27 February 2022

Leaf by leaf, Cobargo region forges tree of steel bushfire memorial

| Albert McKnight
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Dave Newell, Debra Summer and Ruby Newell hold leaves forged from steel for the Cobargo Community Tree Project

Dave Newell, Debra Summer and Ruby Newell forge leaves for the Cobargo Community Tree Project. Photo: Sarah/Iain Hamilton

Cobargo and Quaama community members are invited to become part of a project to create a memorial to the bushfires that ripped through their regions, in the hope it will bring them some peace from the turmoil resulting from the disaster.

The 2019-2020 Black Summer bushfires decimated both towns and their surrounding regions, affecting all residents in some way.

As part of the Cobargo Community Tree Project, locals are being asked to forge a metal leaf with their name on it to become part of a 2500-leaf stainless steel tree sculpture.

Mother Mountain Forge blacksmith Iain Hamilton said he instigated the project because the fires were “such a devastating thing for the town”.

He said many residents were still affected by the fires and he hoped giving them “something to focus on” would have a cathartic effect.

“People still get worried when there’s smoke on the horizon or if the wind is coming from a certain direction,” he said.

“But I just want them to know… you can make something great with fire.”

He said participants could imagine putting their fear and anxiety into their creation and, hopefully, letting it go.

Mr Hamilton said the plan was to shape the tree’s canopy like an umbrella so when people walk underneath they could look up and find their name on the leaf they forged.

READ ALSO Firefighter boss John Cullen among Bega Valley Shire’s top citizens

Leaves will be grouped onto branches according to their creators’ locations, such as the Dignams Creek branch where Mr Hamilton’s leaf will be placed.

Mr Hamilton faced the flames himself that terrible summer and said the worst part was the constant state of alert.

“We didn’t get hit at the start of the month like Cobargo, we got hit 23 days later,” he said.

“We were sleeping two hours, then getting up to check, then sleeping again.”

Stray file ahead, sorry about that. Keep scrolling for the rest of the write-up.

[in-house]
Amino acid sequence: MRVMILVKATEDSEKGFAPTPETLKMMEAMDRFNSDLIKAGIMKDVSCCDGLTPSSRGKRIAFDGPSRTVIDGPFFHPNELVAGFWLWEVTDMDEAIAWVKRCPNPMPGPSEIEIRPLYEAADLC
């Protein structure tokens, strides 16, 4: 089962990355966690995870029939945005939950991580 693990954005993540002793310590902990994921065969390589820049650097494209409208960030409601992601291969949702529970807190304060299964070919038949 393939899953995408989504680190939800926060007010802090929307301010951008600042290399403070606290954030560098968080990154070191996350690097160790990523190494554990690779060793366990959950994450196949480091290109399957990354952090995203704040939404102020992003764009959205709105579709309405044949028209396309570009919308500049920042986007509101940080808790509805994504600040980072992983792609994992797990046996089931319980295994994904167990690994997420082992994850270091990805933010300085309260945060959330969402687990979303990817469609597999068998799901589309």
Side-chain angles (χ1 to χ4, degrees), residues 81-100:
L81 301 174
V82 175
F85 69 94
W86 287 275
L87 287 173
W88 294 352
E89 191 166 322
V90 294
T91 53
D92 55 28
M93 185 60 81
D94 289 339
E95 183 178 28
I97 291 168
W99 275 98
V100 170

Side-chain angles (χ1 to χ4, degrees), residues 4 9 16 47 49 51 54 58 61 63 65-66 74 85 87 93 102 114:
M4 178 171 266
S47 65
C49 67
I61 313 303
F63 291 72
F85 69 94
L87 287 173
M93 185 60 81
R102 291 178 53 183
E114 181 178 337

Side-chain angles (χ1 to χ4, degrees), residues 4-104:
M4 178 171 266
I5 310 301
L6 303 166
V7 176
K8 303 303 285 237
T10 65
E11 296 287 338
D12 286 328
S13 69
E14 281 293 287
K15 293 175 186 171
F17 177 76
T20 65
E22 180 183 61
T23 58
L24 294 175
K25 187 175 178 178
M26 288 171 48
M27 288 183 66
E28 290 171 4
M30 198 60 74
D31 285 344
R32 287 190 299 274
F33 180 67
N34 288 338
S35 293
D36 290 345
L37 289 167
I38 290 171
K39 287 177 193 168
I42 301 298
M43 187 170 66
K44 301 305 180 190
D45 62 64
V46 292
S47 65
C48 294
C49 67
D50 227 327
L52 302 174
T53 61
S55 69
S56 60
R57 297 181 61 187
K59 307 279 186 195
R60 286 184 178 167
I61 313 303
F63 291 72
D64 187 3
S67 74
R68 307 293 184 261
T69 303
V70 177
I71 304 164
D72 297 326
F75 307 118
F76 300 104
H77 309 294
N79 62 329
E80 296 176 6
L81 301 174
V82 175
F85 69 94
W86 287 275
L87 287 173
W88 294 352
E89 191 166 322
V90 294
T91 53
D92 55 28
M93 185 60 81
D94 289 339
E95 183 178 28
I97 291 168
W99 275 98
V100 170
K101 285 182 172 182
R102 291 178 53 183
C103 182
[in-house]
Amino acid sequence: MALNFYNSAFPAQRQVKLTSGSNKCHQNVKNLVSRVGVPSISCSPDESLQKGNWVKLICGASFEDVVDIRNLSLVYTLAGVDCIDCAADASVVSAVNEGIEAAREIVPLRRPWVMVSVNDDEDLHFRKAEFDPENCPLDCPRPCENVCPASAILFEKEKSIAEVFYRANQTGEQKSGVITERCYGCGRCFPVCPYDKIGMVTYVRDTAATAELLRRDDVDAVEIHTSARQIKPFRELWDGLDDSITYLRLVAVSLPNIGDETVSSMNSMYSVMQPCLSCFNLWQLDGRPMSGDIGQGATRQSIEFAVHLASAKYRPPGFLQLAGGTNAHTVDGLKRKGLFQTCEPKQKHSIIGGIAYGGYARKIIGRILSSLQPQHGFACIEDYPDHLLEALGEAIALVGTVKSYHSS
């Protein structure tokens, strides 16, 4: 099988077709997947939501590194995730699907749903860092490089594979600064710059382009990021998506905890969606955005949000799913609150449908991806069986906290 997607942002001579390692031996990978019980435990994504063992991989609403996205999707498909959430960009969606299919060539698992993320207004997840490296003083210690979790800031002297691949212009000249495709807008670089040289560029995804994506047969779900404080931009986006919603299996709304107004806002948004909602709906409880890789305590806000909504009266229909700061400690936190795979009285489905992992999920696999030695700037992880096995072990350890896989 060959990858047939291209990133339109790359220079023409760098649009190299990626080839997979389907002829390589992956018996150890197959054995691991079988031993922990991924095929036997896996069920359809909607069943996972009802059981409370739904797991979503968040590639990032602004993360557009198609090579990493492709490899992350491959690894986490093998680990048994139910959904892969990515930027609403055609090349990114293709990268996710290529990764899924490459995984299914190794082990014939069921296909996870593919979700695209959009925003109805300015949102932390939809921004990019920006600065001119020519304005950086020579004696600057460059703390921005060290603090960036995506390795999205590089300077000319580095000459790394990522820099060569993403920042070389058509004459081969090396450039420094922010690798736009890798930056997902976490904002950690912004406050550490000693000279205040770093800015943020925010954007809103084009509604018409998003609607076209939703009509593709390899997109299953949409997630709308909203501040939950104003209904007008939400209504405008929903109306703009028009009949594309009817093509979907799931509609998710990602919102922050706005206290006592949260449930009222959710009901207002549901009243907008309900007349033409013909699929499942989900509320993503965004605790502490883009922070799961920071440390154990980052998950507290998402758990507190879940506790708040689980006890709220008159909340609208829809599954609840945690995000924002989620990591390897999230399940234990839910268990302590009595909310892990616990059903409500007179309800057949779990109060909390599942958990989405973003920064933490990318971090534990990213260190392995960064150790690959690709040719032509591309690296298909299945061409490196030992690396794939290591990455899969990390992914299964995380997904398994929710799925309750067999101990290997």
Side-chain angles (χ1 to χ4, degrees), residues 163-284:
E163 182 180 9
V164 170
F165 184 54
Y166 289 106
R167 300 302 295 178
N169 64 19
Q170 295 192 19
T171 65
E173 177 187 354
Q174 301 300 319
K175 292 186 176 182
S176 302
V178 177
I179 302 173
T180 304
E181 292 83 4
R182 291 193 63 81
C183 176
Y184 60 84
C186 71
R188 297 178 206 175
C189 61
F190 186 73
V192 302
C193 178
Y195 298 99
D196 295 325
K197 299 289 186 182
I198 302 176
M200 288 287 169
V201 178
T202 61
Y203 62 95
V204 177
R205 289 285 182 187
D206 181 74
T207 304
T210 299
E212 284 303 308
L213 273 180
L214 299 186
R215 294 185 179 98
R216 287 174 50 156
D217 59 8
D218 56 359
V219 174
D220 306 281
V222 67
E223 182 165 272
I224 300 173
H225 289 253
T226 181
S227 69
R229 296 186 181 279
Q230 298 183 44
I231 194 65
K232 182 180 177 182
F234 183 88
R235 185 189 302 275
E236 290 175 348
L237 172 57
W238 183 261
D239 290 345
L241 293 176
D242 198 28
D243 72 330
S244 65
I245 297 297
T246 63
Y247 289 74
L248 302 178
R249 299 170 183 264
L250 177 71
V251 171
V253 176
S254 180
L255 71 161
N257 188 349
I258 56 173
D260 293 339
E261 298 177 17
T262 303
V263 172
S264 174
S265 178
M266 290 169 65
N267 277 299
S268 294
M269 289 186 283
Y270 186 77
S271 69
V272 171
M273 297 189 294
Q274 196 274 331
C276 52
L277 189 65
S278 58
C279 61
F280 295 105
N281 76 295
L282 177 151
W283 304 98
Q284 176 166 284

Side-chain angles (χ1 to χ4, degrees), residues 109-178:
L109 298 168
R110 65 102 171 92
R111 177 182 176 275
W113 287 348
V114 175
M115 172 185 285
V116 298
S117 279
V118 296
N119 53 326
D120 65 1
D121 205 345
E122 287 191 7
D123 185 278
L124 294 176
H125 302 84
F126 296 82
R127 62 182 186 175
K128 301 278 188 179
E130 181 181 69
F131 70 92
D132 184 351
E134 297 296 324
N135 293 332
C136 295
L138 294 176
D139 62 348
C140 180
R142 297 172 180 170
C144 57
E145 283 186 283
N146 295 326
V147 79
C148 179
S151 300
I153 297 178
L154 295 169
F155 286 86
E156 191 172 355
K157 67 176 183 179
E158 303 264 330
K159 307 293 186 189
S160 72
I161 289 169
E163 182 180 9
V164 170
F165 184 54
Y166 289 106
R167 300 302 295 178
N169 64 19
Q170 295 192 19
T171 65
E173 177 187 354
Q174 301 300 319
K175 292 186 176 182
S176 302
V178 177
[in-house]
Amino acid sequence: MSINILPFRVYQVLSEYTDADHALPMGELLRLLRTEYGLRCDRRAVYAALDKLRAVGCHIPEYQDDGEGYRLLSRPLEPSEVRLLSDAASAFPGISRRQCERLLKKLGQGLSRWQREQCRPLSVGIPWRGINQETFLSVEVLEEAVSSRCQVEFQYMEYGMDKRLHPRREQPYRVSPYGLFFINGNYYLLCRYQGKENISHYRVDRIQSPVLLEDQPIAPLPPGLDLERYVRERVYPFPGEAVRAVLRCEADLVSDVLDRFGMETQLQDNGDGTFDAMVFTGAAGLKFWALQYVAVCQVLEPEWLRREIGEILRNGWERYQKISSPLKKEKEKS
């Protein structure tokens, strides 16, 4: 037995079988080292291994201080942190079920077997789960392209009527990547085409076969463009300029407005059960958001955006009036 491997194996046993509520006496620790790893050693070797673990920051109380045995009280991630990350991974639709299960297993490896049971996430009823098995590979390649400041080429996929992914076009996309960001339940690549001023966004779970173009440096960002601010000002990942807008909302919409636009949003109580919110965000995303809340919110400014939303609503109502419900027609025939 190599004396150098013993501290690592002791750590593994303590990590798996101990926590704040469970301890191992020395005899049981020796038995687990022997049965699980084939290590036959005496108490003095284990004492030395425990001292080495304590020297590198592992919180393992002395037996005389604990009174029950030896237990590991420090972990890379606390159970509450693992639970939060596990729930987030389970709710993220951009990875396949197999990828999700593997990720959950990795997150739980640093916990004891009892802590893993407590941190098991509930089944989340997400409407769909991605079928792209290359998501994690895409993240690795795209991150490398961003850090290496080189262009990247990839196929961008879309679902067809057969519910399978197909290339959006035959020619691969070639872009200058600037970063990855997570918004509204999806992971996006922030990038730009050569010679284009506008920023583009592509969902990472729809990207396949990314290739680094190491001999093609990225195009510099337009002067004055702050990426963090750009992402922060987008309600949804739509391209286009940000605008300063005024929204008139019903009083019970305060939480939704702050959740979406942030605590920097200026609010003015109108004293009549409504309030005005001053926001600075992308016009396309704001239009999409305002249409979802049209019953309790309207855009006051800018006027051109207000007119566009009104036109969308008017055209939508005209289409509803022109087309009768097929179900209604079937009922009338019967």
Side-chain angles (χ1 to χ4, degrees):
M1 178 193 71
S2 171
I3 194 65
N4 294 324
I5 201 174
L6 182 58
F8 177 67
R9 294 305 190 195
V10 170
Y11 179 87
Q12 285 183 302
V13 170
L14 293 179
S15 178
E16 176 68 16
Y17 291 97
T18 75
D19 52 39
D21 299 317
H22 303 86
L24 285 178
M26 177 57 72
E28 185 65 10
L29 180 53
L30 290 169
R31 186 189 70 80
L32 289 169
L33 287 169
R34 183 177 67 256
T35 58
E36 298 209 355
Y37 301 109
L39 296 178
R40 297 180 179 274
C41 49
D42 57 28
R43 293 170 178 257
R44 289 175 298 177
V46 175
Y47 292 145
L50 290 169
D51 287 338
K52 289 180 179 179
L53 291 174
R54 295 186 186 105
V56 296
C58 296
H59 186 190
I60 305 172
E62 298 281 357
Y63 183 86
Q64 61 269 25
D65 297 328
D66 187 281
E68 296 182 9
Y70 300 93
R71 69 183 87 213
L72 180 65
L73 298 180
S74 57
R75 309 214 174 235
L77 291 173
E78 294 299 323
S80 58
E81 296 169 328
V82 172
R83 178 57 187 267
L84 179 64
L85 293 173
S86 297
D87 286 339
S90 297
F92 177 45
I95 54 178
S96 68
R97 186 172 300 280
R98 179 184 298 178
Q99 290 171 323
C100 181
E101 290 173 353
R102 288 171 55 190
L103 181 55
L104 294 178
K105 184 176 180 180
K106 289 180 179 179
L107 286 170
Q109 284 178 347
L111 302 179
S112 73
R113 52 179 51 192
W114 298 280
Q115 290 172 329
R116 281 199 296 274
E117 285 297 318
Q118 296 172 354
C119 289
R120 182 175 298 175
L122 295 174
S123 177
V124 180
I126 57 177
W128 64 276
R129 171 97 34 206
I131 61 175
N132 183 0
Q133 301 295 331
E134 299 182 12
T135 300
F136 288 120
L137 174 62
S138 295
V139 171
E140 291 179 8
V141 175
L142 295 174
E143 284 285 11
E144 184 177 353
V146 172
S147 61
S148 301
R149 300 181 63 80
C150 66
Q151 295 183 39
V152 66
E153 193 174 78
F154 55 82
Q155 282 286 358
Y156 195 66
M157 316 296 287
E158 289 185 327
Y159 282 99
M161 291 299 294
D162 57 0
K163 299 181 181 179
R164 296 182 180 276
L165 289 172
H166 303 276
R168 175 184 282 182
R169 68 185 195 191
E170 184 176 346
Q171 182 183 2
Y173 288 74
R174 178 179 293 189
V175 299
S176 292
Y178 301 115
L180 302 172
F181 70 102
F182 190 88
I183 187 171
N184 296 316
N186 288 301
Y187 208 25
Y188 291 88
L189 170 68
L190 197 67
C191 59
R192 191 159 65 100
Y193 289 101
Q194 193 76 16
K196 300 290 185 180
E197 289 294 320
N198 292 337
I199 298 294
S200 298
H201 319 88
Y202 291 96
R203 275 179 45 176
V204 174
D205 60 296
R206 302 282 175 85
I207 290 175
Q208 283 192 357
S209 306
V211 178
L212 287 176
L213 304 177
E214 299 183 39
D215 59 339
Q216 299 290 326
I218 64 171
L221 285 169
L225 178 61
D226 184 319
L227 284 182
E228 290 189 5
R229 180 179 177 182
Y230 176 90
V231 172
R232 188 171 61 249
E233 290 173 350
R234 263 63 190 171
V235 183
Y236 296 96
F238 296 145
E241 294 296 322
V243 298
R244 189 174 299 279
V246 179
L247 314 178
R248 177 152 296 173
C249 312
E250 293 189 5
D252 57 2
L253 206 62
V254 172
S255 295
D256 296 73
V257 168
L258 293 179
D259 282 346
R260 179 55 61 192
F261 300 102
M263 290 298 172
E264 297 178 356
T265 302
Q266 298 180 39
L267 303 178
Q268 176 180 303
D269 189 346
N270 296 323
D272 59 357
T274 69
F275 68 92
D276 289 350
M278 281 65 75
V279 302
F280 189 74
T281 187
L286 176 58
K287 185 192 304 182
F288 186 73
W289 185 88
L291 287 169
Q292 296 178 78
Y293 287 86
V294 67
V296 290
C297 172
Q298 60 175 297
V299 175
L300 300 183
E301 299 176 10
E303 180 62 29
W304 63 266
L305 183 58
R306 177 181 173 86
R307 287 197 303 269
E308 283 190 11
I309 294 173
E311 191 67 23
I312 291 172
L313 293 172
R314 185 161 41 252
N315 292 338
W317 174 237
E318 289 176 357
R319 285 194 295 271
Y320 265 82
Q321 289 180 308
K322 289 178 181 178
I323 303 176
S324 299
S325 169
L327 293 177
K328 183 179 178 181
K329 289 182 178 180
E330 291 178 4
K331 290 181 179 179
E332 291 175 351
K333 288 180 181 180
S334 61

A gum leaf and a steel leaf forged for the Cobargo Community Tree project

An example of a forged gum leaf. Photo: Photo: Sarah/Iain Hamilton

He also said it was more like a normal bushfire when it reached his place, “nothing like” the inferno that hit Cobargo, and he was lucky because by the time he pulled his gear on to fight it, three NSW Rural Fire Service trucks had arrived to help.

Now, over two years on, he said he still had fencing to do, but recovery was progressing.

“It’s a slow process, like everyone else,” he said.

The community tree project is about six months in and it is estimated it will take about two years to forge enough leaves to complete it.

READ ALSO Two years after Black Summer bushfires, the Bega Valley continues to rebuild

It takes about 1.5 hours to forge a leaf and about 250 have been made so far, so there are still plenty to go.

People of all ages who were from the Cobargo and Quaama regions – between Coolagolite, Wandella and Brogo – at the time of the bushfires, are invited to make one.

“You get a few people who say ‘oh I wouldn’t be able to do that’, to which I subsequently say ‘yes you can’,” Mr Hamilton said.

He is still working out where the tree will be placed, but wanted it to be on public land.

He is volunteering his time for the project along with Wandella’s Galba Forge blacksmith Philippe Ravenel and steel donated by Vulcan Steel.

To book a time to forge a leaf or for more information visit the project’s website.

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